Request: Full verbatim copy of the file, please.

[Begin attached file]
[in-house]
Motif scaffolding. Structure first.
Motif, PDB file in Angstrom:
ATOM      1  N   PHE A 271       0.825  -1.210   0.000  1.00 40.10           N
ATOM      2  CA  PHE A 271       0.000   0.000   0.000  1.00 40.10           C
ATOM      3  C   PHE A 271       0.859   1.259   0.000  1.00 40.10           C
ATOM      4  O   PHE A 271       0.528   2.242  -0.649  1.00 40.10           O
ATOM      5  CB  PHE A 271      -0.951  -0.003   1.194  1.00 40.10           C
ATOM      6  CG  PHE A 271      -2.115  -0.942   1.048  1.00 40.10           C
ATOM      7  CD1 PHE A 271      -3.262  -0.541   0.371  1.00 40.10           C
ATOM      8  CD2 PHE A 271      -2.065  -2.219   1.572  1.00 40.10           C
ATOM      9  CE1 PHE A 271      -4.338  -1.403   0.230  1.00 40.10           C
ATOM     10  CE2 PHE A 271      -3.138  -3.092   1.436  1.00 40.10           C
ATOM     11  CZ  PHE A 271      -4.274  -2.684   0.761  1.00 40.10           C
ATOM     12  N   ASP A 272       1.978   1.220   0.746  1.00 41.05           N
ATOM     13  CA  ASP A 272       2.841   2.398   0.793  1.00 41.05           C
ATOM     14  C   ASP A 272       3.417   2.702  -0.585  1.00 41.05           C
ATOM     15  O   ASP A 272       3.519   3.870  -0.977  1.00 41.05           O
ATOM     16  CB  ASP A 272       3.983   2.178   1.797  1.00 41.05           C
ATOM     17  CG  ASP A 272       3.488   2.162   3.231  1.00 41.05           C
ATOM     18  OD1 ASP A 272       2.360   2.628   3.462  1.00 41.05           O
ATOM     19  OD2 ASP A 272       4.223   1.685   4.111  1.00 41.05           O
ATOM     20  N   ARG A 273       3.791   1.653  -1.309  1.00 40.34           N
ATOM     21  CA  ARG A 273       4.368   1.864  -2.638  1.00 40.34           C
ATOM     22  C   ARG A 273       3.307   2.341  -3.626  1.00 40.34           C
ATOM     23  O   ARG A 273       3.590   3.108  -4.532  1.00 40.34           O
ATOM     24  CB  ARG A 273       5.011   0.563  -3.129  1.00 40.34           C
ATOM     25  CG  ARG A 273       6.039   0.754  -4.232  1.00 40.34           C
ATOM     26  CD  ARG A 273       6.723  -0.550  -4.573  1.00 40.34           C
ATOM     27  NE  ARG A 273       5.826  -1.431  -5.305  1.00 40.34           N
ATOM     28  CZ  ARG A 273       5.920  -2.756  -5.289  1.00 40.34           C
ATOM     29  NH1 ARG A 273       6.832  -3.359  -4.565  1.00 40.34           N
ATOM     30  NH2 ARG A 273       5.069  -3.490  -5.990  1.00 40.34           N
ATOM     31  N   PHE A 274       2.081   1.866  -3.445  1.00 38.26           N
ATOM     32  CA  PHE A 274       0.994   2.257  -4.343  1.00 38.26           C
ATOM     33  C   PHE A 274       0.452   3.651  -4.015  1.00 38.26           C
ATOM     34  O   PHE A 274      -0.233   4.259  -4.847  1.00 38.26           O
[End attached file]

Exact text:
[in-house]
Motif scaffolding. Structure first.
Motif, PDB file in Angstrom:
ATOM      1  N   PHE A 271       0.825  -1.210   0.000  1.00 40.10           N
ATOM      2  CA  PHE A 271       0.000   0.000   0.000  1.00 40.10           C
ATOM      3  C   PHE A 271       0.859   1.259   0.000  1.00 40.10           C
ATOM      4  O   PHE A 271       0.528   2.242  -0.649  1.00 40.10           O
ATOM      5  CB  PHE A 271      -0.951  -0.003   1.194  1.00 40.10           C
ATOM      6  CG  PHE A 271      -2.115  -0.942   1.048  1.00 40.10           C
ATOM      7  CD1 PHE A 271      -3.262  -0.541   0.371  1.00 40.10           C
ATOM      8  CD2 PHE A 271      -2.065  -2.219   1.572  1.00 40.10           C
ATOM      9  CE1 PHE A 271      -4.338  -1.403   0.230  1.00 40.10           C
ATOM     10  CE2 PHE A 271      -3.138  -3.092   1.436  1.00 40.10           C
ATOM     11  CZ  PHE A 271      -4.274  -2.684   0.761  1.00 40.10           C
ATOM     12  N   ASP A 272       1.978   1.220   0.746  1.00 41.05           N
ATOM     13  CA  ASP A 272       2.841   2.398   0.793  1.00 41.05           C
ATOM     14  C   ASP A 272       3.417   2.702  -0.585  1.00 41.05           C
ATOM     15  O   ASP A 272       3.519   3.870  -0.977  1.00 41.05           O
ATOM     16  CB  ASP A 272       3.983   2.178   1.797  1.00 41.05           C
ATOM     17  CG  ASP A 272       3.488   2.162   3.231  1.00 41.05           C
ATOM     18  OD1 ASP A 272       2.360   2.628   3.462  1.00 41.05           O
ATOM     19  OD2 ASP A 272       4.223   1.685   4.111  1.00 41.05           O
ATOM     20  N   ARG A 273       3.791   1.653  -1.309  1.00 40.34           N
ATOM     21  CA  ARG A 273       4.368   1.864  -2.638  1.00 40.34           C
ATOM     22  C   ARG A 273       3.307   2.341  -3.626  1.00 40.34           C
ATOM     23  O   ARG A 273       3.590   3.108  -4.532  1.00 40.34           O
ATOM     24  CB  ARG A 273       5.011   0.563  -3.129  1.00 40.34           C
ATOM     25  CG  ARG A 273       6.039   0.754  -4.232  1.00 40.34           C
ATOM     26  CD  ARG A 273       6.723  -0.550  -4.573  1.00 40.34           C
ATOM     27  NE  ARG A 273       5.826  -1.431  -5.305  1.00 40.34           N
ATOM     28  CZ  ARG A 273       5.920  -2.756  -5.289  1.00 40.34           C
ATOM     29  NH1 ARG A 273       6.832  -3.359  -4.565  1.00 40.34           N
ATOM     30  NH2 ARG A 273       5.069  -3.490  -5.990  1.00 40.34           N
ATOM     31  N   PHE A 274       2.081   1.866  -3.445  1.00 38.26           N
ATOM     32  CA  PHE A 274       0.994   2.257  -4.343  1.00 38.26           C
ATOM     33  C   PHE A 274       0.452   3.651  -4.015  1.00 38.26           C
ATOM     34  O   PHE A 274      -0.233   4.259  -4.847  1.00 38.26           O